More than a year after going public, Danvers Bancorp Inc. has agreed to buy a nearby Massachusetts banking company in a deal that one analyst said would leave it with the capital to do more.

The former mutual thrift said Wednesday that it would pay $61.95 million in stock for Beverly National Corp., which has $485 million of assets, $350 million in deposits and eight branches in Essex County.

Kevin T. Bottomley, the chairman, president and chief executive officer of the $1.7 billion-asset Danvers, said in an interview that using stock instead of cash made more sense, though the company raised $171 million when it converted in January of last year.

He said the decision had more to do with accounting benefits than plans to do more deals, though he did not rule out the possibility.

"We're certainly prepared to evaluate other opportunities that may come our way," he said.

Bottomley described Beverly as a good match for his company, which has 17 branches in Essex, Middlesex and Suffolk counties.

"Both are more commercial banking franchises than not," he said. "And they are in our market, so we know them very well."

The deal calls for each Beverly share to be exchanged for 1.66 shares in Danvers. The price works out to $23.04 per share, or roughly 1.45 times Beverly's tangible book value, Bottomley said.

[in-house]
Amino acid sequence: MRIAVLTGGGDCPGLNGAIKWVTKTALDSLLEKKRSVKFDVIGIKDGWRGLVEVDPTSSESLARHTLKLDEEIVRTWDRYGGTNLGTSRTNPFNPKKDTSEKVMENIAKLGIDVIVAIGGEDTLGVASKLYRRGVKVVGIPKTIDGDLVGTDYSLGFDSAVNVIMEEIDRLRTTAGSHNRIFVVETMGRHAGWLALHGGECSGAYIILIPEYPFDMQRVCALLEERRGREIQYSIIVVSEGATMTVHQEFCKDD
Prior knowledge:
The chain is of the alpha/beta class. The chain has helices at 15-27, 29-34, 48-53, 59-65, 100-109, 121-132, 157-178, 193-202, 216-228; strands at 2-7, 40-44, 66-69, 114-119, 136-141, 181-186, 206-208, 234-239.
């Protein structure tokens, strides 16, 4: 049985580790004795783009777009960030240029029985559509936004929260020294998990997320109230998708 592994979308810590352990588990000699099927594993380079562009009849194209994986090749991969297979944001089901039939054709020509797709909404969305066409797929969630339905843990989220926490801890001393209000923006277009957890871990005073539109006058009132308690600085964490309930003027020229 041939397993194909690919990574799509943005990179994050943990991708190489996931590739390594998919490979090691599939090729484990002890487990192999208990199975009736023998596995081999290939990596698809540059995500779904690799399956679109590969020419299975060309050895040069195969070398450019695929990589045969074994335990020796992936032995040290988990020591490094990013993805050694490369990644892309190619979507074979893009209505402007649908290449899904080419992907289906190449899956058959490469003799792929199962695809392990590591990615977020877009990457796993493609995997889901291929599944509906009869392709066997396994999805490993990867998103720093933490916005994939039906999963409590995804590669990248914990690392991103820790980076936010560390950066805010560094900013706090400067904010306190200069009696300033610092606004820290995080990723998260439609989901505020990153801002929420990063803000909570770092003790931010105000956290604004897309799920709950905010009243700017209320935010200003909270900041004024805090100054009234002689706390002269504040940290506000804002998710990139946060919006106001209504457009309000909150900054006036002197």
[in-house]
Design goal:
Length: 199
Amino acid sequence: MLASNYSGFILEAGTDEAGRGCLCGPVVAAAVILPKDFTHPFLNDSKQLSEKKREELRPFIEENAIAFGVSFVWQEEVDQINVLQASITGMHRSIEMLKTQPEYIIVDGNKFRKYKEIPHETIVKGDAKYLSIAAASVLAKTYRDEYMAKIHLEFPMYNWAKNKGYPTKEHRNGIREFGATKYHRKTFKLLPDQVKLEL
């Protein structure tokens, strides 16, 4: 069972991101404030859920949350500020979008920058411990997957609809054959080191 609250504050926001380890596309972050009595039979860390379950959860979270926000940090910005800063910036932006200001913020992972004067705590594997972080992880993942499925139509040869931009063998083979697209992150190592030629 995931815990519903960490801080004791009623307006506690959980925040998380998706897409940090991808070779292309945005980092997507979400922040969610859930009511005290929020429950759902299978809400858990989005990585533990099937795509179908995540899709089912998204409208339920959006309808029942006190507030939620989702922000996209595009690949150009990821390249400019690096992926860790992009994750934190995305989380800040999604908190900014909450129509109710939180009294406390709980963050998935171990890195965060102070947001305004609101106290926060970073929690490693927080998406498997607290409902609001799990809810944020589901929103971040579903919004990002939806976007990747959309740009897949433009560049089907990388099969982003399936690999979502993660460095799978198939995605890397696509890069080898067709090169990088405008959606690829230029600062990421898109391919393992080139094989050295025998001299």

Danvers estimated that it could trim 30% to 40% of Beverly's expenses, he said.

Theodore Kovaleff, the bank and thrift analyst at Broad Street Securities in Plantation, Fla., applauded the deal. "This is a situation where Danvers is not going to be too big," he said. "The amalgamation will strengthen them."

Danvers' stock has held up well through the downturn, so using it to pay for this deal was smart, Kovaleff said. "Using stock saves them ammunition if they have some other ideas," he said. "I would not be surprised to see another acquisition down the road, because of the fact that they used no cash."

Bottomley said the deal would be about 8% dilutive to earnings. But, he added, Danvers expects to earn that back in about four years because Beverly is "very strong."

Its Beverly National Bank reported an $896,000 first-quarter profit, roughly even with the year earlier, according to data from the Federal Deposit Insurance Corp. It had no noncurrent loans and almost no chargeoffs.

The bank, which is more than 200 years old, would be merged into Danversbank. Donat A. Fournier, Beverly's president and CEO, would stay on as an executive vice president after the deal closes, which is expected to happen in the fourth quarter.

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